Indoctrination in the Classroom · 12 September 2004

By Brett Mock | September 13, 2004

My name is Brett Mock. I am a senior Political Science major at Ball State University in Muncie, IN. In the spring of 2004 I took a class taught by Professor George Wolfe. The class, titled "Introduction to Peace Studies and Conflict Resolution," was the introductory class for a Peace Studies and Conflict Resolution minor that I took as a supplement to my major.

I quickly learned that this course, the phrase "conflict resolution" as used in the description of the course was not to be taken in a literal sense. The only studying of conflict resolution that we did was to enforce the idea that non-violent means were the only legitimate sources of self-defense. In other words, the class was designed entirely to delegitimize the use of the military in the defense of our country altogether. This seemed to me to be indoctrination rather than education.

Professor Wolfe had no tolerance for those who disagreed with his points of view and philosophies. For example, Professor Wolfe explained that violent responses to violent aggression are never acceptable. A student spoke up to confront him, asking, "What if a group of armed gang members were to come to Ball State. What if they started shooting up the school, killing students who were peacefully walking by and traveling around campus?" If I or another student had a gun available and could defend myself and others, should I?" Professor Wolfe's response was shocking to even the most peaceful in the group. "No" he replied. The student asked, "why not," and asked for him to explain. He said, "Well, the gang would eventually run out of bullets, and you can always hide."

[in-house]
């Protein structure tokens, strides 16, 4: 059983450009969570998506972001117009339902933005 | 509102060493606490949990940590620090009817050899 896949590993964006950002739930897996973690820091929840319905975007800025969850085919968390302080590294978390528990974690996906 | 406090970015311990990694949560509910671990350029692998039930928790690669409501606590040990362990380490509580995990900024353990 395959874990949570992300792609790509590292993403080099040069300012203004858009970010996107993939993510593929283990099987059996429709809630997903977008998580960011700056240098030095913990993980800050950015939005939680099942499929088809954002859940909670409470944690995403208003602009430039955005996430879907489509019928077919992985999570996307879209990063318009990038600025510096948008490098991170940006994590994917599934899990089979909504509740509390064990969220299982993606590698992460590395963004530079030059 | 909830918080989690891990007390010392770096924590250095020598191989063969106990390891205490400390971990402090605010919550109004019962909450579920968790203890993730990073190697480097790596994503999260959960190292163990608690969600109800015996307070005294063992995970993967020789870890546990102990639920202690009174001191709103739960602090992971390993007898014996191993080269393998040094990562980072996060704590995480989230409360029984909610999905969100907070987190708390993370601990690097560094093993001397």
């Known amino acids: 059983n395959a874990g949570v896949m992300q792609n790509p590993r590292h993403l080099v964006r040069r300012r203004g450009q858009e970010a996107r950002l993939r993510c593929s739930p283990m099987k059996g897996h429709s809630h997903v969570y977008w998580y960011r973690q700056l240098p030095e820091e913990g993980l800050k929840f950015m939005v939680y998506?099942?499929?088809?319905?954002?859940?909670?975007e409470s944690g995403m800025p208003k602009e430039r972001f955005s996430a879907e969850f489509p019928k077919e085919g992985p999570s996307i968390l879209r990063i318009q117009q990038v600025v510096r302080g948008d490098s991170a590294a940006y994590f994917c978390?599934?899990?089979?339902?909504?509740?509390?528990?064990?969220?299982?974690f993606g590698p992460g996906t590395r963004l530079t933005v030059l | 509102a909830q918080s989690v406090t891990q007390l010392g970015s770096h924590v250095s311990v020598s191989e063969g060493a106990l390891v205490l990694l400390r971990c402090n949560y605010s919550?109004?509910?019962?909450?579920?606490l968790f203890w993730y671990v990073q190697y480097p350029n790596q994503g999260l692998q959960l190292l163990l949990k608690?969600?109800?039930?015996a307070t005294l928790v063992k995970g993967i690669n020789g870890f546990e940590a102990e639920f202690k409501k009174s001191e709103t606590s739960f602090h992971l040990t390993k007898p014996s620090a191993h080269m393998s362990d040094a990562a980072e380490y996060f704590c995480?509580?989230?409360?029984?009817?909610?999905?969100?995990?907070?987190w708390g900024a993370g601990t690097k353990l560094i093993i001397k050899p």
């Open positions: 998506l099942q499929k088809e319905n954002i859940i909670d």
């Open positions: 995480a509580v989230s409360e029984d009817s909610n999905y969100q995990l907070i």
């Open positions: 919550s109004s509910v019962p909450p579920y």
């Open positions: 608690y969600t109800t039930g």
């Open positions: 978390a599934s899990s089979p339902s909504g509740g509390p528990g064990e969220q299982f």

"What if no shelter was available to hide or it was clear that some students couldn't make it to shelter."

"Well regardless of how many students would be lost in the shooting there is no good reason to fire back."

Professor Wolfe's attitude was so adamant that it put the students in the room who did not agree with him in an awkward position. For the rest of the semester we worried as to whether our views would hurt our grades. It was clear that Professor Wolfe would have no tolerance whatsoever for any disagreement and that he would never support the use of force as an instrument of peace. This alienated every student in the room who disagreed and made us feel silenced altogether. How could I speak up with my own opinions, I thought, if I knew in advance they would invariably be shot down by the professor himself?

Professor Wolfe would not allow any serious study of the reasons for the use of force in response to an attack. A book report was assigned to the class, and different books were suggested for reading. Every book suggested by Wolfe supported his extreme viewpoint. When the book reports were completed, each student was made to give an oral presentation. In other words, students like me had to read a book we disagreed with and then report on the book parroting back views we did not agree with or face a hostile professor with the power of grading us and do so in front the entire class, whose views were also shaped by the professor's intolerance of any dissenting view.

When I actually asked Professor Wolfe if the book we read had to be about peaceful responses to conflict or against violent ones, he told me that we could not read, write, or present about a book that disagreed with those positions. As such, I was forced to read a book that I strongly disagreed with, write about that book, and then present the book to the class as though I agreed with it, which I did not. I was ever conscious of the fact that I had to deliver a report that Professor Wolfe would like or suffer a lower grade.